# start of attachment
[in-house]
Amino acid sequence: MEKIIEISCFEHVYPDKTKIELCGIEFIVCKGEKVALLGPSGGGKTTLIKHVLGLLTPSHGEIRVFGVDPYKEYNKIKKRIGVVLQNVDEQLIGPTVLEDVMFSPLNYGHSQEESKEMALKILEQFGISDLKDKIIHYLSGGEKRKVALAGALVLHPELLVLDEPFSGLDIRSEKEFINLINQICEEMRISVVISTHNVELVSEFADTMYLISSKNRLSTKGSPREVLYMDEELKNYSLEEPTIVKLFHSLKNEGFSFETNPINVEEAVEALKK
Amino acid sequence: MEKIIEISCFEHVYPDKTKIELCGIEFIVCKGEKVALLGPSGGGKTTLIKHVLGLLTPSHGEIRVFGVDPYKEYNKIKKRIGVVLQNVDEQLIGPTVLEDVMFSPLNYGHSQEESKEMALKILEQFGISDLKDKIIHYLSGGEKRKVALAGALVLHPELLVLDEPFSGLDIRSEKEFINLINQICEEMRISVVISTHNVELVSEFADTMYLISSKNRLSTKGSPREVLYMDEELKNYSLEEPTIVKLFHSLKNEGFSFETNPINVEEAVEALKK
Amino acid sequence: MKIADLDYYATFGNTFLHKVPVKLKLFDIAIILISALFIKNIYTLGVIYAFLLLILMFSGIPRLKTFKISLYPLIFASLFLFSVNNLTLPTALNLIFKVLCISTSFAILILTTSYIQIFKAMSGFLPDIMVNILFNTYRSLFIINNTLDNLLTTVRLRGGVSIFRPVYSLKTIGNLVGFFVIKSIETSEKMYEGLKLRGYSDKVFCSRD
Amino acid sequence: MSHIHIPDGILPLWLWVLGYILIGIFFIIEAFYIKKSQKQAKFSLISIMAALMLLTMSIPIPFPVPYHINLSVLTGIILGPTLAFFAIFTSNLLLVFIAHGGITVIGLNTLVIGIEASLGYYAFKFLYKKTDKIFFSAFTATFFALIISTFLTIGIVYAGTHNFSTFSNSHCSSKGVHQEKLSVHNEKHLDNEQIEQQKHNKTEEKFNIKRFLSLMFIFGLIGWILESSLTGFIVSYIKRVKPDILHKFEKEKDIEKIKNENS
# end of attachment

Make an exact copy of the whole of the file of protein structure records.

[in-house]
Amino acid sequence: MEKIIEISCFEHVYPDKTKIELCGIEFIVCKGEKVALLGPSGGGKTTLIKHVLGLLTPSHGEIRVFGVDPYKEYNKIKKRIGVVLQNVDEQLIGPTVLEDVMFSPLNYGHSQEESKEMALKILEQFGISDLKDKIIHYLSGGEKRKVALAGALVLHPELLVLDEPFSGLDIRSEKEFINLINQICEEMRISVVISTHNVELVSEFADTMYLISSKNRLSTKGSPREVLYMDEELKNYSLEEPTIVKLFHSLKNEGFSFETNPINVEEAVEALKK
Amino acid sequence: MEKIIEISCFEHVYPDKTKIELCGIEFIVCKGEKVALLGPSGGGKTTLIKHVLGLLTPSHGEIRVFGVDPYKEYNKIKKRIGVVLQNVDEQLIGPTVLEDVMFSPLNYGHSQEESKEMALKILEQFGISDLKDKIIHYLSGGEKRKVALAGALVLHPELLVLDEPFSGLDIRSEKEFINLINQICEEMRISVVISTHNVELVSEFADTMYLISSKNRLSTKGSPREVLYMDEELKNYSLEEPTIVKLFHSLKNEGFSFETNPINVEEAVEALKK
Amino acid sequence: MKIADLDYYATFGNTFLHKVPVKLKLFDIAIILISALFIKNIYTLGVIYAFLLLILMFSGIPRLKTFKISLYPLIFASLFLFSVNNLTLPTALNLIFKVLCISTSFAILILTTSYIQIFKAMSGFLPDIMVNILFNTYRSLFIINNTLDNLLTTVRLRGGVSIFRPVYSLKTIGNLVGFFVIKSIETSEKMYEGLKLRGYSDKVFCSRD
Amino acid sequence: MSHIHIPDGILPLWLWVLGYILIGIFFIIEAFYIKKSQKQAKFSLISIMAALMLLTMSIPIPFPVPYHINLSVLTGIILGPTLAFFAIFTSNLLLVFIAHGGITVIGLNTLVIGIEASLGYYAFKFLYKKTDKIFFSAFTATFFALIISTFLTIGIVYAGTHNFSTFSNSHCSSKGVHQEKLSVHNEKHLDNEQIEQQKHNKTEEKFNIKRFLSLMFIFGLIGWILESSLTGFIVSYIKRVKPDILHKFEKEKDIEKIKNENS